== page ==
Ideally, this level of self-actualization will be achieved in late stages of childhood. (This isn't always the case, but it seems to be this show's thesis considering what comes next in the Black Rose arc.) Just as Miki obsesses over the passage of time taking him further and further away from his "shining thing," this aging process forces us into the process of self-actualization whether we like it or not. (Each window devoted to a student council duel is controlled by an hourglass that must eventually run out.) As they begin the process of puberty, most children start to understand the limitations and flaws of their reality and the ways in which they want to change it for themselves, especially children like the student council members who feel that their true selves have no place in this world. The Student Council arc represents the end of childhood for our cast and the start of their adolescence.
So what is adolescence? Well, in the world of Revolutionary Girl Utena at least, adolescence appears to be death. And you thought your puberty was hard!
In all seriousness, the Black Rose arc revolves around death to a truly morose degree. Black roses not grown in a garden, but artificially preserved in an aquarium, are stabbed into the hearts of zombified duelists, who can only be freed from their bloodlust by destroying this rose and collapsing onto chalk outlines of their host's corpse. The black rose rings they wear are pulled from the corpses of ex-duelists (who were buried alive), and they duel in an arena filled with desks memorializing those boys' deaths. All of this is orchestrated by a morose (and male) version of Utena named Mikage, who lives underground and plots to kill the Rose Bride under End of the World's orders, so he can replace her with his own (also male) version named Mamiya and enjoy Dios's power without Anthy's help. It may seem odd for pubescence, the period of most rapid change in a person's life, to be compared to death so much like this, but it will start making more sense as the Black Rose duels continue.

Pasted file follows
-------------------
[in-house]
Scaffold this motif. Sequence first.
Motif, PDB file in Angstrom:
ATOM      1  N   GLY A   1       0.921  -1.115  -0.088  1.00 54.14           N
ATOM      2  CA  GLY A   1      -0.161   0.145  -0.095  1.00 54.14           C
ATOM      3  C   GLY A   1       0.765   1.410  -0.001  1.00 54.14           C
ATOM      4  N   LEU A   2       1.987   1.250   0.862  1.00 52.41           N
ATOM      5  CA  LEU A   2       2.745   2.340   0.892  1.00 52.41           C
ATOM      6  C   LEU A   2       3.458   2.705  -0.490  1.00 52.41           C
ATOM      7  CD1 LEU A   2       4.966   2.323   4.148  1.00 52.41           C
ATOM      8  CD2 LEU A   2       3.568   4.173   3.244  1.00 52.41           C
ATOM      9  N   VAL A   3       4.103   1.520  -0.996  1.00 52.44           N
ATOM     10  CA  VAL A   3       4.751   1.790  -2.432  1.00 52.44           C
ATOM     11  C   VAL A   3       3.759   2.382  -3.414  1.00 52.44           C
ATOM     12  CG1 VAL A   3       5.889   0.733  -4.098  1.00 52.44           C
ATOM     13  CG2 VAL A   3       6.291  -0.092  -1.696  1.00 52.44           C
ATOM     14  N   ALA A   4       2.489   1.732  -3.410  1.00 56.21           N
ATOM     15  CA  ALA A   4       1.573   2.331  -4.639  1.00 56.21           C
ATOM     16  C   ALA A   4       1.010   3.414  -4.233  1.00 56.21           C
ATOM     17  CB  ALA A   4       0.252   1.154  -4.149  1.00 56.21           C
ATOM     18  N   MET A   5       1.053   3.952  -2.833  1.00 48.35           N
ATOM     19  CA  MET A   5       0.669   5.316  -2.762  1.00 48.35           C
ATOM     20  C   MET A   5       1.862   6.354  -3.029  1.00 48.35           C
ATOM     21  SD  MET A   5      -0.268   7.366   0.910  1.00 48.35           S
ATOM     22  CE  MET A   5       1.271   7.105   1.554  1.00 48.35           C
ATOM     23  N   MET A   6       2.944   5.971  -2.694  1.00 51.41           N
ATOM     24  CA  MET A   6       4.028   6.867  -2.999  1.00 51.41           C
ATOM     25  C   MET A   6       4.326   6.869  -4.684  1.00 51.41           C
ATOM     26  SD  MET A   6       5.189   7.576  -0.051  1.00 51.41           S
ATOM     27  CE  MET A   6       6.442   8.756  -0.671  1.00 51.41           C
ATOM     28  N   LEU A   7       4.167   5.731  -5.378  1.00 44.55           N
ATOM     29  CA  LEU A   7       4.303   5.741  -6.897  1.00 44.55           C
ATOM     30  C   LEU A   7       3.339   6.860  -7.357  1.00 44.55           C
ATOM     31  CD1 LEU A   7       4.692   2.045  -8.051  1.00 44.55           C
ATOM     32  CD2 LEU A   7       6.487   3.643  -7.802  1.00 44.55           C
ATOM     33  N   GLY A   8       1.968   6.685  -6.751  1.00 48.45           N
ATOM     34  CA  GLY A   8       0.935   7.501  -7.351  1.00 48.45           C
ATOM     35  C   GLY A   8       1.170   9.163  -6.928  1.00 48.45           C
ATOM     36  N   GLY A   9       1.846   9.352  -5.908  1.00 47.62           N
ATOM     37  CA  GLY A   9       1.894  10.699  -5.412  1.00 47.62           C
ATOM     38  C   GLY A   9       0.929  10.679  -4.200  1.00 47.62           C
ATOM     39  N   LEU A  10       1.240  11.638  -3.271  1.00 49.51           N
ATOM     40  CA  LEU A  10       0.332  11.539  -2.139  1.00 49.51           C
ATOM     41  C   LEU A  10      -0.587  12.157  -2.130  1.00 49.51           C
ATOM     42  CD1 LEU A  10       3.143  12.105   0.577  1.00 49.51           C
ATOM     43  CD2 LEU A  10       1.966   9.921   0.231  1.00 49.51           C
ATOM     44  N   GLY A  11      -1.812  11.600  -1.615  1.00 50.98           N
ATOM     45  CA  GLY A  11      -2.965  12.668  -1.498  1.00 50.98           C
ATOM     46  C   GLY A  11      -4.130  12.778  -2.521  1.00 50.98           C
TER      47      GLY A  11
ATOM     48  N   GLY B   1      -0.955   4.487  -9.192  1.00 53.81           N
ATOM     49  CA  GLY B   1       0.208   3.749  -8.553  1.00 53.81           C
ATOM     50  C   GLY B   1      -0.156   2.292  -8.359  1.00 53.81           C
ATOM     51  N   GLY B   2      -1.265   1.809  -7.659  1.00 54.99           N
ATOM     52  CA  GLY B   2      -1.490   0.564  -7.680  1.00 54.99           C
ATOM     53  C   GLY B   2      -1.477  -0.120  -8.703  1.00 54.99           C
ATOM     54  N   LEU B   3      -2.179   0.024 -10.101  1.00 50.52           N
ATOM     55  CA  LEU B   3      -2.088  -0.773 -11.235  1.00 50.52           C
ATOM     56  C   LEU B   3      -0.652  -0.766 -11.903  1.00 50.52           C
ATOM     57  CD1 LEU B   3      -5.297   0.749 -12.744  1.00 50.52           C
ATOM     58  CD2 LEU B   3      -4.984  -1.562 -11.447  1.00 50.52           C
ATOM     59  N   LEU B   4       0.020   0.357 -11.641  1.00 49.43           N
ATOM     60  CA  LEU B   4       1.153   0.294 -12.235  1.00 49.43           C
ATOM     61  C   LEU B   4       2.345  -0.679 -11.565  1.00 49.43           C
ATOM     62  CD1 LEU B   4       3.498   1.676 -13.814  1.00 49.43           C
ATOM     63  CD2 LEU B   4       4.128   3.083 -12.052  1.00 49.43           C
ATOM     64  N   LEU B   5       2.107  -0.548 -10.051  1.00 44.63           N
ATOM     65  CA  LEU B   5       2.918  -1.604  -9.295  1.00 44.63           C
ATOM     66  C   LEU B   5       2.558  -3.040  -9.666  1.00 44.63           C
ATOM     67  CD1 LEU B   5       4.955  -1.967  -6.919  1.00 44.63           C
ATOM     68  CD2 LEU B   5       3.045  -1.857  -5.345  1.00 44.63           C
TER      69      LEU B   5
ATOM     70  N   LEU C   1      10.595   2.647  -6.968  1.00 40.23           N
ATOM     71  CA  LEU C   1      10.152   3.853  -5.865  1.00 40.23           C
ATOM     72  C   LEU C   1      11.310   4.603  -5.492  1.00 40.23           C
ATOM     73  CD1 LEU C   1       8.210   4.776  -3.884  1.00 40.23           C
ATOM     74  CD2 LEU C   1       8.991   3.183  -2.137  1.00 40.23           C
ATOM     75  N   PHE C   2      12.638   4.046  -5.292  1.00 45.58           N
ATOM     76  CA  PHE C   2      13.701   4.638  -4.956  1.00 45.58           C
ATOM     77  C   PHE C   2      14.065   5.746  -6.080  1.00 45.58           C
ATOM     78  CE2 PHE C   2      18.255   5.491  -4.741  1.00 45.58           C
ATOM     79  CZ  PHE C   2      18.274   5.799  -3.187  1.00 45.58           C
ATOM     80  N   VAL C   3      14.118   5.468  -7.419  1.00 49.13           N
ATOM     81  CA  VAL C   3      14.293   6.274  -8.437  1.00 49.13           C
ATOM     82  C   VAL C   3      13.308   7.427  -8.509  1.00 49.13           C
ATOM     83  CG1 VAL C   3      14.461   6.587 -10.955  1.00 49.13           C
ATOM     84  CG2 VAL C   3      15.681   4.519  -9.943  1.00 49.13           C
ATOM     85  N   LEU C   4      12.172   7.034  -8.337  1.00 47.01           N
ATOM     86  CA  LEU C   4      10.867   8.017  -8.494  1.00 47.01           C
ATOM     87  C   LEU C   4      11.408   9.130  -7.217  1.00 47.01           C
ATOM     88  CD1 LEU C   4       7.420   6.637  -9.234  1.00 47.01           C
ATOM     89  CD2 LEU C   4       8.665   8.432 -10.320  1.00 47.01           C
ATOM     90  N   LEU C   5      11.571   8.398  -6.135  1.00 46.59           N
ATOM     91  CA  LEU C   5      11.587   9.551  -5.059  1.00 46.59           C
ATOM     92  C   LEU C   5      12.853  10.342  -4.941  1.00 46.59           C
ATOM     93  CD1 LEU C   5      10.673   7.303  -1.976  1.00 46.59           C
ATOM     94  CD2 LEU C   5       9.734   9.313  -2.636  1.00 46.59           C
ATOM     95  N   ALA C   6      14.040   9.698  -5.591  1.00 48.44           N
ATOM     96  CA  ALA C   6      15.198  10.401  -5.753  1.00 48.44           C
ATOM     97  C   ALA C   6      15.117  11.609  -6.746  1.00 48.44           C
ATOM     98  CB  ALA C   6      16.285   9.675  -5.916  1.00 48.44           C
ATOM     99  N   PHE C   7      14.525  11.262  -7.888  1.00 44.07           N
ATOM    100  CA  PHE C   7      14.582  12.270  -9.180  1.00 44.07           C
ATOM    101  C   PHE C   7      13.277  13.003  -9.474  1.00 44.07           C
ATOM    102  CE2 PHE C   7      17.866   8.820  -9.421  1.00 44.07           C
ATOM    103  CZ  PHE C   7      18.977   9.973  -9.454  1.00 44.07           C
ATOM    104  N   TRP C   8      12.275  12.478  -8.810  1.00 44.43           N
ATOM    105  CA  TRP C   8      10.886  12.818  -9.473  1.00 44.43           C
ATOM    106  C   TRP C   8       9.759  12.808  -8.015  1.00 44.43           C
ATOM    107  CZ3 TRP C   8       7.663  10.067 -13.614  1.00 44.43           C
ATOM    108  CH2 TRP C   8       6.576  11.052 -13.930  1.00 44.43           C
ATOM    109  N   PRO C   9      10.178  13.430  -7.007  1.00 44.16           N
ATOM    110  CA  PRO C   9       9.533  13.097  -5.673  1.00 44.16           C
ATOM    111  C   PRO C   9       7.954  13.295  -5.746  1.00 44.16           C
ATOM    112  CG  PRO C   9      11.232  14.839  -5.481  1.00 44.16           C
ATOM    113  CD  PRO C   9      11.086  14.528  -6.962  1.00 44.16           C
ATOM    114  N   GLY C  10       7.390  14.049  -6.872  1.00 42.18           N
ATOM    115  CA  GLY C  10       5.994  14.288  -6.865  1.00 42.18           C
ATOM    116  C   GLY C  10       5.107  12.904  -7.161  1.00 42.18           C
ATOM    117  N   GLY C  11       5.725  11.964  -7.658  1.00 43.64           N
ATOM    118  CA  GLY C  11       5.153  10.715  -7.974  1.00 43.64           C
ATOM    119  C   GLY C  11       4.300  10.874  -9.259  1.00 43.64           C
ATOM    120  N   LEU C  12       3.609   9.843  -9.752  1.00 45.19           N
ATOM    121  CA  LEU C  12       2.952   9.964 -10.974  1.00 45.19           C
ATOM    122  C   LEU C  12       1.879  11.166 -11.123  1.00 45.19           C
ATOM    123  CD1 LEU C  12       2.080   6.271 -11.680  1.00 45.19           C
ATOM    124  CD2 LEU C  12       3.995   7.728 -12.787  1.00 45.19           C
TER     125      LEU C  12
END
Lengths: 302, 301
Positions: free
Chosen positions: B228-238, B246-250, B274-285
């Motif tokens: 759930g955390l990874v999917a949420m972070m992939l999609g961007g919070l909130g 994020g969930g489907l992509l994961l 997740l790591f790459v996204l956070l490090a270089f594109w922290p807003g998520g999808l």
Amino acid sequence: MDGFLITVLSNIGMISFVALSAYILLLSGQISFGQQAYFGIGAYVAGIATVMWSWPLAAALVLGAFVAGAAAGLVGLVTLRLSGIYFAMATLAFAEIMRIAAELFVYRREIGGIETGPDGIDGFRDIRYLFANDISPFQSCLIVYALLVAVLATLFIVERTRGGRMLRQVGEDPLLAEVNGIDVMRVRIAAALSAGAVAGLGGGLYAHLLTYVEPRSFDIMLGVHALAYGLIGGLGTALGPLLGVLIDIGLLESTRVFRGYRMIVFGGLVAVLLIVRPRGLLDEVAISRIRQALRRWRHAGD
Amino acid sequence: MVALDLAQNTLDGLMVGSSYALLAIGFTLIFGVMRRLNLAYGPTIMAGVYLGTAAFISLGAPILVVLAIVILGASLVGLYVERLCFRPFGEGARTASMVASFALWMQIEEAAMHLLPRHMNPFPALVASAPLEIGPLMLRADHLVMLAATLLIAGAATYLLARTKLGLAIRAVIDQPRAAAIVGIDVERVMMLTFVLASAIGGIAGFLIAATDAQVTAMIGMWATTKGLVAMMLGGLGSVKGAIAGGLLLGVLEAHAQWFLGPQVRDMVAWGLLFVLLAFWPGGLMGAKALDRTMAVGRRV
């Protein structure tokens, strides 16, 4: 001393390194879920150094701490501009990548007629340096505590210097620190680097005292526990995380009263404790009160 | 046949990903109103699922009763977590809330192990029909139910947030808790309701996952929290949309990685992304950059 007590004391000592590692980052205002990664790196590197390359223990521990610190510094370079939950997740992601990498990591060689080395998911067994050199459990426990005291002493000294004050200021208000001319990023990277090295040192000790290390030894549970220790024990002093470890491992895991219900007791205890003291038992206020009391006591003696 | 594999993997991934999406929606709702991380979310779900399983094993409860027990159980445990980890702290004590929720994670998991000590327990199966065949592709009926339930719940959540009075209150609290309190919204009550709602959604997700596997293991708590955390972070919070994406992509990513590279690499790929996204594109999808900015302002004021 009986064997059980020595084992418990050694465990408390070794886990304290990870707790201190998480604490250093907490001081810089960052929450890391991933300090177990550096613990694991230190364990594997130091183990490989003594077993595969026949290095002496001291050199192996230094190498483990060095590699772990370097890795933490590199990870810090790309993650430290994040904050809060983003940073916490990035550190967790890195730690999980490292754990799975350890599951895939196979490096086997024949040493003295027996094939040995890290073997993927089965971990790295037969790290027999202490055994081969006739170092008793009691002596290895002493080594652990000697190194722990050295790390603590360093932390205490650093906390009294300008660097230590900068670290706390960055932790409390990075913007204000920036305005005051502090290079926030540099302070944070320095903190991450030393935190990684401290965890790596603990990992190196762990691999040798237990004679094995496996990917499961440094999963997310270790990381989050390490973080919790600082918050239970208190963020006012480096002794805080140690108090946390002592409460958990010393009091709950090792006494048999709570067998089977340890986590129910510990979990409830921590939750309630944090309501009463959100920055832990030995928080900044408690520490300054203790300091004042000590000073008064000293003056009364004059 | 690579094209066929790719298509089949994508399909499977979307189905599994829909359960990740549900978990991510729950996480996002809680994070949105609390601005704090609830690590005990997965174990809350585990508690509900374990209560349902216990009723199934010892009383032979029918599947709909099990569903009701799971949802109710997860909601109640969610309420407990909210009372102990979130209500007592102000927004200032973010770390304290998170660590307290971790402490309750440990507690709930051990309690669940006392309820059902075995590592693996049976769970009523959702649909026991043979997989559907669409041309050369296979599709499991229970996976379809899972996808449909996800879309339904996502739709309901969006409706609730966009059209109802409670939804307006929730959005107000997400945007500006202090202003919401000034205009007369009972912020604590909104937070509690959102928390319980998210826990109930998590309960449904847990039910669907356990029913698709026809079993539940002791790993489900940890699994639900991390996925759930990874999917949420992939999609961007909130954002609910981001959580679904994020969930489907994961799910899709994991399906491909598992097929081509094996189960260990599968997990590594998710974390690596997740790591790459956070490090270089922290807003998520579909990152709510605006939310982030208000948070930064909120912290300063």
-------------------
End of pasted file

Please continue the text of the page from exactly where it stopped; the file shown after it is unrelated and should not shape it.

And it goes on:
For now, all we can do is analyze what happened to poor Kanae, school chairman Akio's fiancée. In the seemingly haunted Nemuro Memorial Hall, student-professor Mikage is rumored to hold amazing seminars that can turn anyone's life around, which really turn out to be sweet-smelling traps for his black-rose-ification experiments, and Kanae is his first victim. Obviously, Mikage would prefer stronger guinea pigs, so he invites Miki to join, but he doesn't seem interested. In fact, none of the student council members will come to Mikage's seminars in the future, perhaps because they're all still reeling from the epiphanies of their past duels, and they don't really want to have their heads examined right now. This means we'll get a whole new passel of duelists for this arc, and our job is to figure out what they all have in common that would lead them down this dark road.
For Kanae, all she wants to be is the perfect wife to her future betrothed, who she loves and trusts with all her heart. Unfortunately, Akio's sister Anthy is always in his life, a strange woman with haunting dead eyes. Kanae can't think of herself as a good person and a good wife if she can't love her beloved's own sister. But Anthy seems completely alien to her, prompting only fear and mistrust and even suspicion of Akio for being so close to a woman who seems to feel no emotion and perhaps even hates Kanae for no reason. There's just something wrong with the Ohtori family, exemplified by the hollow look in Anthy's eyes, and it's destroying Kanae's ideal of a happy life with the perfect husband. Instead of comforting her after this dark moment of vulnerability, Mikage tells Kanae that she has no choice but to revolutionize the world. But of course, that was his plan all along.